This past month, I’ve been working diligently to finish editing and formatting the book I’ve been writing so I’ve been absent here, but I’m excited to share more about this soon!

As we come to Christmas this week, something has been on my heart since my pastor read this scripture last Sunday. In Luke 1, we see the angel, Gabriel, coming to Mary to let her know God’s plan of redemption through Jesus will begin forming inside her virgin womb. That’s a bit to digest! She’s understandably perplexed.

“But Mary said to the angel, ‘How will this be, since I am a virgin?’ The angel answered and said to her, ‘The Holy Spirit will come upon you, and the power of the Most High will overshadow you; for that reason also the holy Child will be called the Son of God.’” —Luke 1:34-35

In verse 37, Gabriel proclaims this powerful promise, “nothing will be impossible with God.”

I think it’s sometimes easy to adopt this as a slogan instead of living in the reality of it. You can pay lip service and mentally assent to the idea that nothing is impossible with God without experiencing it, but that’s not enough!

The Christmas season can be busy, taxing, draining, and much more; but we cannot allow ourselves to back away from allowing God to do the impossible in and through us.

Mary had a legitimate question based on everything she knew of human reproduction. If you are to follow where God leads and do what He calls you to do, you will assuredly have a question or two. Gabriel’s explanation of the “plan” didn’t give her much to go on, but whether she fully understood or comprehended, the question was absolutely answered: the Holy Spirit will come upon you.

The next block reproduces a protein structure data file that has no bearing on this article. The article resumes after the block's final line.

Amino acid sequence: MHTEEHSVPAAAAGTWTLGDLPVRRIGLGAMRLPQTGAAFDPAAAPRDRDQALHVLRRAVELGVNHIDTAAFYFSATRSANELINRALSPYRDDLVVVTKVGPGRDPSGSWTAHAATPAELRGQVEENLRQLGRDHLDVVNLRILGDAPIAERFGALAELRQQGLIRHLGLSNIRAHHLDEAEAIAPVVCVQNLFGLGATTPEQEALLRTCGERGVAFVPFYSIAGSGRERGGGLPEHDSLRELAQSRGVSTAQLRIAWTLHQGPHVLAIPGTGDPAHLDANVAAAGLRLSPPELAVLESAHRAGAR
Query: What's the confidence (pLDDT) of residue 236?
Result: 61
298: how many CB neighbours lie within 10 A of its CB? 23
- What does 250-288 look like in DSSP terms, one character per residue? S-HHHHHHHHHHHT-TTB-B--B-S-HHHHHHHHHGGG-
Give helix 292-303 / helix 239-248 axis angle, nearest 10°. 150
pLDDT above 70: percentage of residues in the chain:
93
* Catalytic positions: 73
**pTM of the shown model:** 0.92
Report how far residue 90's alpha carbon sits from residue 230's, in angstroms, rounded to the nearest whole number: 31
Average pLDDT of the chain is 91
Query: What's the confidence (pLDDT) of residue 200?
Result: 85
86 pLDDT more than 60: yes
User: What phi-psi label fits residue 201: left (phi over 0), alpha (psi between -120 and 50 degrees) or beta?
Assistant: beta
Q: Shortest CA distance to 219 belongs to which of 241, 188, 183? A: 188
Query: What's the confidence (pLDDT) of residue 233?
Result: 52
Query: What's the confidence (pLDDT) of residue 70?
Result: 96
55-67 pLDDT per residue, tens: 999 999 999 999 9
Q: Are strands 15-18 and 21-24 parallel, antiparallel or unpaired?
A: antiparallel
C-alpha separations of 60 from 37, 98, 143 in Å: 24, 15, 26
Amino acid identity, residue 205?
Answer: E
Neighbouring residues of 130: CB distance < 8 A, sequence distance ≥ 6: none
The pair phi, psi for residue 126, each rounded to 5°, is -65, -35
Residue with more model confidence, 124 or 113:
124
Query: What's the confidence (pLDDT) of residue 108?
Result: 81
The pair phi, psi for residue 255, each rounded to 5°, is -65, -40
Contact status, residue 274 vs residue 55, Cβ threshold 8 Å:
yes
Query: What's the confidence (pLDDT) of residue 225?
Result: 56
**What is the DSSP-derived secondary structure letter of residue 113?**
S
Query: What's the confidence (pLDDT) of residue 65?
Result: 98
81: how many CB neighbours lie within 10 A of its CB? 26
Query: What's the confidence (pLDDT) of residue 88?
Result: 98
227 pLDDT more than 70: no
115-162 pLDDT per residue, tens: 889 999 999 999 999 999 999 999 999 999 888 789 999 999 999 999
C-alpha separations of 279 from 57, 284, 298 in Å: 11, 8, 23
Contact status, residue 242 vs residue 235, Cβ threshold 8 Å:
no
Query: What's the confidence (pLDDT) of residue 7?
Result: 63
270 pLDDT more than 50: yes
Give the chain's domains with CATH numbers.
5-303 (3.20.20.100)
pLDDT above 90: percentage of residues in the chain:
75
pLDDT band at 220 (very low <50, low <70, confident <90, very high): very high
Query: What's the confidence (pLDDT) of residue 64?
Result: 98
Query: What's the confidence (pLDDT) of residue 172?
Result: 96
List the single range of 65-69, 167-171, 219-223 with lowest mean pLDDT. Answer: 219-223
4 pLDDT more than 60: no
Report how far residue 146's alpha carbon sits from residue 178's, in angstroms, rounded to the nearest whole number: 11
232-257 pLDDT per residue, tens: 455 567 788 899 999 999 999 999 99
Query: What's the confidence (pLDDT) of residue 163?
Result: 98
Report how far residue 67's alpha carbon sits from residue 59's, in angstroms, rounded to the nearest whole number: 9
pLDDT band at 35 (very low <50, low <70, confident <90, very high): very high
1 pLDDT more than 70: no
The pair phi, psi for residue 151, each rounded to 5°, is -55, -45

We may want detailed descriptions, fleshed out plans, hundreds of assurances that everything will go well (i.e., comfortably) for us. Nope.

God’s answer to your impossible is the Holy Spirit.

Though it’s not fully explained in scripture, you can imagine that in that time and culture, the ridicule Mary must have faced would feel unbearable at times. Her own fiancé, Joseph, wanted to put her away quietly until God intervened.

The disciples after Jesus’ death and resurrection faced so many impossibilities, but Jesus told them to wait in Jerusalem until the Holy Spirit came on them with power. Even John exiled on Patmos was “in the Spirit on the Lord’s day.”

Over and over, we see His answer to the impossible is the Holy Spirit. We know what incredible things were accomplished from this, but we also have to acknowledge the price that was paid to follow Jesus.

I want to encourage you not to back down when facing the questions surrounding impossible. I find myself so hungering right now for more of Him! I’ve tasted and seen His goodness in impossible situations and I want to know more. So I pray, “come Holy Spirit!”

I pray you have a merry Christmas and peace-filled new year as you embrace the Spirit’s working and experience more of His incredible faithfulness.

What are your thoughts? Have you experienced the impossible with Him? Are you ready for more? (Share in the comments)

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